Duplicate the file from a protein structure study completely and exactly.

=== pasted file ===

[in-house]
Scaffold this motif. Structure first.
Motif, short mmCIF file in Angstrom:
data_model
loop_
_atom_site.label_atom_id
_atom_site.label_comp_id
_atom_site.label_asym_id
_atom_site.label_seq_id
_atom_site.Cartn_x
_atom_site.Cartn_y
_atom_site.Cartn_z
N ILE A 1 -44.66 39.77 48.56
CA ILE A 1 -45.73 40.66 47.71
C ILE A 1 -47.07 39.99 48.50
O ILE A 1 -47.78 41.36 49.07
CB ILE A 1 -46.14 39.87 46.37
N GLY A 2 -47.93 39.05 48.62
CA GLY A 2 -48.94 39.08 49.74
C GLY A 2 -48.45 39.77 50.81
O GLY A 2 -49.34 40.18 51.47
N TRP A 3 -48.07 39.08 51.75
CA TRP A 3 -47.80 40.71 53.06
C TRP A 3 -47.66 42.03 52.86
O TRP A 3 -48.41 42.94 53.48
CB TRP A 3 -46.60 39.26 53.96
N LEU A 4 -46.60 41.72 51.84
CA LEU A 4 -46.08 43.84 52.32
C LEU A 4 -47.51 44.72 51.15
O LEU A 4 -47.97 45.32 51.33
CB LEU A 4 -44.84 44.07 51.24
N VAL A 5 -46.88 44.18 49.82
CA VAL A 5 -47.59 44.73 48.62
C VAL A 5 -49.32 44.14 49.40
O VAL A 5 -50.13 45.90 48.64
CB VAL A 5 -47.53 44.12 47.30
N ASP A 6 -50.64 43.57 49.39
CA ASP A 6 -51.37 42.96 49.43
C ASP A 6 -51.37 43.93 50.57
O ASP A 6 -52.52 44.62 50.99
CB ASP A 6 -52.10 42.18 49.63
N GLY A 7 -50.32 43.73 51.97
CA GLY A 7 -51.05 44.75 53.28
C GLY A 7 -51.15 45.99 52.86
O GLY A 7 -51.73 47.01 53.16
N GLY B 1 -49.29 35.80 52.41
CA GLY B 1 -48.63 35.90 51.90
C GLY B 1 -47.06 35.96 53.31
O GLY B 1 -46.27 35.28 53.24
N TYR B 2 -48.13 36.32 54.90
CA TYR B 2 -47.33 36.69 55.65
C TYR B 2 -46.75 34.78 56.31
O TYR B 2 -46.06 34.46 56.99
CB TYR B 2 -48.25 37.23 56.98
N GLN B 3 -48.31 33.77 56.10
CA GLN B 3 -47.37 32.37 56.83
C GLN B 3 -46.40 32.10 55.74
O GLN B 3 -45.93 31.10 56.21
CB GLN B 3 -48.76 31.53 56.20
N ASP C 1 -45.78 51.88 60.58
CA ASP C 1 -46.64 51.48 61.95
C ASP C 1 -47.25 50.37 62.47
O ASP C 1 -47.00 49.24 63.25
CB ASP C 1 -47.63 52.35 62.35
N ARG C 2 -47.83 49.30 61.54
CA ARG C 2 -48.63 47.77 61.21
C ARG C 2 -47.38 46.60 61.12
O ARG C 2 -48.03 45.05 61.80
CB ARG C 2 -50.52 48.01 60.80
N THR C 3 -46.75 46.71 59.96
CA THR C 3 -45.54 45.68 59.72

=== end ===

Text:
[in-house]
Scaffold this motif. Structure first.
Motif, short mmCIF file in Angstrom:
data_model
loop_
_atom_site.label_atom_id
_atom_site.label_comp_id
_atom_site.label_asym_id
_atom_site.label_seq_id
_atom_site.Cartn_x
_atom_site.Cartn_y
_atom_site.Cartn_z
N ILE A 1 -44.66 39.77 48.56
CA ILE A 1 -45.73 40.66 47.71
C ILE A 1 -47.07 39.99 48.50
O ILE A 1 -47.78 41.36 49.07
CB ILE A 1 -46.14 39.87 46.37
N GLY A 2 -47.93 39.05 48.62
CA GLY A 2 -48.94 39.08 49.74
C GLY A 2 -48.45 39.77 50.81
O GLY A 2 -49.34 40.18 51.47
N TRP A 3 -48.07 39.08 51.75
CA TRP A 3 -47.80 40.71 53.06
C TRP A 3 -47.66 42.03 52.86
O TRP A 3 -48.41 42.94 53.48
CB TRP A 3 -46.60 39.26 53.96
N LEU A 4 -46.60 41.72 51.84
CA LEU A 4 -46.08 43.84 52.32
C LEU A 4 -47.51 44.72 51.15
O LEU A 4 -47.97 45.32 51.33
CB LEU A 4 -44.84 44.07 51.24
N VAL A 5 -46.88 44.18 49.82
CA VAL A 5 -47.59 44.73 48.62
C VAL A 5 -49.32 44.14 49.40
O VAL A 5 -50.13 45.90 48.64
CB VAL A 5 -47.53 44.12 47.30
N ASP A 6 -50.64 43.57 49.39
CA ASP A 6 -51.37 42.96 49.43
C ASP A 6 -51.37 43.93 50.57
O ASP A 6 -52.52 44.62 50.99
CB ASP A 6 -52.10 42.18 49.63
N GLY A 7 -50.32 43.73 51.97
CA GLY A 7 -51.05 44.75 53.28
C GLY A 7 -51.15 45.99 52.86
O GLY A 7 -51.73 47.01 53.16
N GLY B 1 -49.29 35.80 52.41
CA GLY B 1 -48.63 35.90 51.90
C GLY B 1 -47.06 35.96 53.31
O GLY B 1 -46.27 35.28 53.24
N TYR B 2 -48.13 36.32 54.90
CA TYR B 2 -47.33 36.69 55.65
C TYR B 2 -46.75 34.78 56.31
O TYR B 2 -46.06 34.46 56.99
CB TYR B 2 -48.25 37.23 56.98
N GLN B 3 -48.31 33.77 56.10
CA GLN B 3 -47.37 32.37 56.83
C GLN B 3 -46.40 32.10 55.74
O GLN B 3 -45.93 31.10 56.21
CB GLN B 3 -48.76 31.53 56.20
N ASP C 1 -45.78 51.88 60.58
CA ASP C 1 -46.64 51.48 61.95
C ASP C 1 -47.25 50.37 62.47
O ASP C 1 -47.00 49.24 63.25
CB ASP C 1 -47.63 52.35 62.35
N ARG C 2 -47.83 49.30 61.54
CA ARG C 2 -48.63 47.77 61.21
C ARG C 2 -47.38 46.60 61.12
O ARG C 2 -48.03 45.05 61.80
CB ARG C 2 -50.52 48.01 60.80
N THR C 3 -46.75 46.71 59.96
CA THR C 3 -45.54 45.68 59.72